I changed my mind.

I want to get a tube amp I think. What about my cd player. It plays sacd's, but it's not all that high end. It's a sony dpv-nc350v. It's a dvd player also. What about the preamp situation. It would be preferable that would work for movies also. I don't think that will be a big problem because movie/music would be coming from the same source. My speakers aren't that highend either. They're Klipsch kg3.5's. I like the horn tweets for the music I listen to(aletrnative/hard rock). I'm just looking to spend no more than $1200. I'm giving up the sub to spend it all on a decenct little tube amp. What else to you need as far as cables and stuff?
You should realize that a tube amp is a lot more than just an amplifier.
A tube amp is a passion.
IF !! you are serious about a tube amp, realize it will need tender loving care. (you CANNOT just plug it in and forget about it except to turn it on and off, well maybe for a few months, maybe...)
And unless you are willing to play around with electrical stuff, tubes can get pretty expensive to have adjusted, or retubed, Visits twice a year at $100+ a pop to your audio guru tube expert.
A tube preamp is WAY better for a first tube component.
I had a tube pre for awhile... I loved the way it sounded... hated the way it needed repairs.
Now I have a nice solid-satate preamp... which will play for the next 50 years, without a problem.
Unlike the tube job.... let alone a tube AMP!
If you choose to go ahead and get a tube amp... good luck and hope you enjoy it
I was looking at an Anthem integrated. So having only the tubes on the preamp would be much less troublesome? How often do they usually need to be changed? How do you know when they're going out? Thanks.
Well, I'd agree with Liz that a tube product is about passion, a passion for music. A tube pre-amp, starting with good quality, new tubes should be hassle free for 2 to 5 years depending on usage and circuit design. Even then, tubes are relatively easy to replace even for the non-techie.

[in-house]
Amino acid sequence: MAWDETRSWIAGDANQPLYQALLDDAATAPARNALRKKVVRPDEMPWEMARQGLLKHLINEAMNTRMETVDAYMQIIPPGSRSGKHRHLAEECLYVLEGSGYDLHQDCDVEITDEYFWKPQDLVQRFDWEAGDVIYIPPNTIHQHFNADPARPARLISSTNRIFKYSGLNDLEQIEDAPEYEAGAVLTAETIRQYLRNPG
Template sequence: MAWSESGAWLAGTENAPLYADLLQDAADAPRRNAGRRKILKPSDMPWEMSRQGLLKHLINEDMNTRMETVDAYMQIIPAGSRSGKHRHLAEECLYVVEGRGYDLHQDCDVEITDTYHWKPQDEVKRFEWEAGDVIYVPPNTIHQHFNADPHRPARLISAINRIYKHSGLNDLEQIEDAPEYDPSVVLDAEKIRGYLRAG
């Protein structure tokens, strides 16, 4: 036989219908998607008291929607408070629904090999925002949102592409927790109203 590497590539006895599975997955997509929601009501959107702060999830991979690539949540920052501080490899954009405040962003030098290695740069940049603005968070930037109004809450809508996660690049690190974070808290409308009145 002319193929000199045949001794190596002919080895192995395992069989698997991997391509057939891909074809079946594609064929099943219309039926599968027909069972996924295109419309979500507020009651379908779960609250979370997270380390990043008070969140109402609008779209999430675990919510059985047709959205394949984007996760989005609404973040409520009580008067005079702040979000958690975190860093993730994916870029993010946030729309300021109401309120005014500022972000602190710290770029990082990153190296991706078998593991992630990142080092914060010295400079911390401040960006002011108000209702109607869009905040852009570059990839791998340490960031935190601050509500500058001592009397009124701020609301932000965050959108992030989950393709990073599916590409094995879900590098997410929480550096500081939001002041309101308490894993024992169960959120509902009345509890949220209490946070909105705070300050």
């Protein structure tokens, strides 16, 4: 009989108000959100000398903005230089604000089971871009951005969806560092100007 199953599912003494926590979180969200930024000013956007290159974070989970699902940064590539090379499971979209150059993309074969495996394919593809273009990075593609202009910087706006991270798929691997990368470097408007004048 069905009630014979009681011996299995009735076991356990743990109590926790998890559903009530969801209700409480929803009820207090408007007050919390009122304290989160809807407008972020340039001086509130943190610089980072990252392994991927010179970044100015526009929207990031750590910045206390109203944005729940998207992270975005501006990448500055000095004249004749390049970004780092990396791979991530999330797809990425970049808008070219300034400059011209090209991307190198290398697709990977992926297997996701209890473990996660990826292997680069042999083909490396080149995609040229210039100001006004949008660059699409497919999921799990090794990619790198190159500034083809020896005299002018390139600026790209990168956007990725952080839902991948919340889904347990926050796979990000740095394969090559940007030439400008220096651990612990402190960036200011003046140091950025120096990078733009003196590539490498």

Tube amps can require more owner involvement depending on bias circuit design (auto vs. manual adjustment). But again, depending on the robustness of the design and the quality of the components (and tubes installed), tube replacement service should only be required every 2 to 5 years.

It is unfortunate that people encounter poor component reliability, and then conclude that all products of that topology will be similar. However, I've had problems with both SS and tube gear, as well as examples of both that are going on 15 years of age and no problems yet.

Look for a product from a company that has been around for awhile, and don't go for the cheapest tubes available. Some brands have a history of poor quality control. You may find that tubes are the best way to connect you to the music. Obviously, if you never give them a chance, how will you know. Good luck.
Trips every 6 months to the audio shop? I sure hope not! Granted, my rig consists of a solid state set up, but my all-tube Marshall guitar amp gets tossed about a lot, and it seems to be in great shape. I'm not sure that I'd be all that worried about the maintenance on something that sits serenely on a low-vibration audio rack. I mean, much of the equipment you buy today can't be all THAT delicate . . . can it???